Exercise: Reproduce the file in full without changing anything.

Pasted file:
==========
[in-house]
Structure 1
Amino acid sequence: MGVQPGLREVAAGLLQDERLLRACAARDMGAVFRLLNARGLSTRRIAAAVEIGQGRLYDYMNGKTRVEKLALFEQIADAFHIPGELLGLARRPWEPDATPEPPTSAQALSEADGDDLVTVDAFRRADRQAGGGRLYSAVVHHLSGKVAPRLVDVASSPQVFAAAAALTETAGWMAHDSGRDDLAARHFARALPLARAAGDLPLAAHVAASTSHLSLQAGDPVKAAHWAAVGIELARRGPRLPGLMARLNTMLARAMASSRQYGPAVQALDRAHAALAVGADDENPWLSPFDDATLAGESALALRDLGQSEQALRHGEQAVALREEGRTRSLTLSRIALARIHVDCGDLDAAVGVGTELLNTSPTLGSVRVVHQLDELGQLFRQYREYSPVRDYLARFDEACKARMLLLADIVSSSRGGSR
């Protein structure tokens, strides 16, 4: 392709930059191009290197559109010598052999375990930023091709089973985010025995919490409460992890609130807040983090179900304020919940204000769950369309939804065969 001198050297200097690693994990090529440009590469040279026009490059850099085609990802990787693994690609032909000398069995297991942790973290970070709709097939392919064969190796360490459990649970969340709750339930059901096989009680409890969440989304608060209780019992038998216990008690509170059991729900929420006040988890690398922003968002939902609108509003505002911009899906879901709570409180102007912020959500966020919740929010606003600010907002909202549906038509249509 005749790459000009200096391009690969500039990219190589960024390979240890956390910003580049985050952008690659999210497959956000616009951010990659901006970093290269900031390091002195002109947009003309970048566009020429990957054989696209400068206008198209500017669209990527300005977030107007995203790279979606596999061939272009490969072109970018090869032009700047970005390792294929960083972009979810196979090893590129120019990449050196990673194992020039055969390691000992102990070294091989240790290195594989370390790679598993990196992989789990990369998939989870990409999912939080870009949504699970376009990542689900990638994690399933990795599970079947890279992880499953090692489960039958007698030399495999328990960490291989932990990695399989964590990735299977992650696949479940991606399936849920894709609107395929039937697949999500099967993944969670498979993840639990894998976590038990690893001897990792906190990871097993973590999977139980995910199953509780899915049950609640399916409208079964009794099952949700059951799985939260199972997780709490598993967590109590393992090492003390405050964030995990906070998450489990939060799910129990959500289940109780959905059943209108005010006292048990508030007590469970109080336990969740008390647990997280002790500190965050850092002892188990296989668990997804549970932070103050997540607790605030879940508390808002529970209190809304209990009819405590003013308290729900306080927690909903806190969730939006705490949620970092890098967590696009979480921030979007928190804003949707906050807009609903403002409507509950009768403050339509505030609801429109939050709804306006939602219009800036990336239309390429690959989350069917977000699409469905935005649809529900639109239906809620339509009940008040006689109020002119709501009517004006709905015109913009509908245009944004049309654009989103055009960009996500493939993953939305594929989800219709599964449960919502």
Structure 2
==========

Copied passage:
[in-house]
Structure 1
Amino acid sequence: MGVQPGLREVAAGLLQDERLLRACAARDMGAVFRLLNARGLSTRRIAAAVEIGQGRLYDYMNGKTRVEKLALFEQIADAFHIPGELLGLARRPWEPDATPEPPTSAQALSEADGDDLVTVDAFRRADRQAGGGRLYSAVVHHLSGKVAPRLVDVASSPQVFAAAAALTETAGWMAHDSGRDDLAARHFARALPLARAAGDLPLAAHVAASTSHLSLQAGDPVKAAHWAAVGIELARRGPRLPGLMARLNTMLARAMASSRQYGPAVQALDRAHAALAVGADDENPWLSPFDDATLAGESALALRDLGQSEQALRHGEQAVALREEGRTRSLTLSRIALARIHVDCGDLDAAVGVGTELLNTSPTLGSVRVVHQLDELGQLFRQYREYSPVRDYLARFDEACKARMLLLADIVSSSRGGSR
């Protein structure tokens, strides 16, 4: 392709930059191009290197559109010598052999375990930023091709089973985010025995919490409460992890609130807040983090179900304020919940204000769950369309939804065969 001198050297200097690693994990090529440009590469040279026009490059850099085609990802990787693994690609032909000398069995297991942790973290970070709709097939392919064969190796360490459990649970969340709750339930059901096989009680409890969440989304608060209780019992038998216990008690509170059991729900929420006040988890690398922003968002939902609108509003505002911009899906879901709570409180102007912020959500966020919740929010606003600010907002909202549906038509249509 005749790459000009200096391009690969500039990219190589960024390979240890956390910003580049985050952008690659999210497959956000616009951010990659901006970093290269900031390091002195002109947009003309970048566009020429990957054989696209400068206008198209500017669209990527300005977030107007995203790279979606596999061939272009490969072109970018090869032009700047970005390792294929960083972009979810196979090893590129120019990449050196990673194992020039055969390691000992102990070294091989240790290195594989370390790679598993990196992989789990990369998939989870990409999912939080870009949504699970376009990542689900990638994690399933990795599970079947890279992880499953090692489960039958007698030399495999328990960490291989932990990695399989964590990735299977992650696949479940991606399936849920894709609107395929039937697949999500099967993944969670498979993840639990894998976590038990690893001897990792906190990871097993973590999977139980995910199953509780899915049950609640399916409208079964009794099952949700059951799985939260199972997780709490598993967590109590393992090492003390405050964030995990906070998450489990939060799910129990959500289940109780959905059943209108005010006292048990508030007590469970109080336990969740008390647990997280002790500190965050850092002892188990296989668990997804549970932070103050997540607790605030879940508390808002529970209190809304209990009819405590003013308290729900306080927690909903806190969730939006705490949620970092890098967590696009979480921030979007928190804003949707906050807009609903403002409507509950009768403050339509505030609801429109939050709804306006939602219009800036990336239309390429690959989350069917977000699409469905935005649809529900639109239906809620339509009940008040006689109020002119709501009517004006709905015109913009509908245009944004049309654009989103055009960009996500493939993953939305594929989800219709599964449960919502």
Structure 2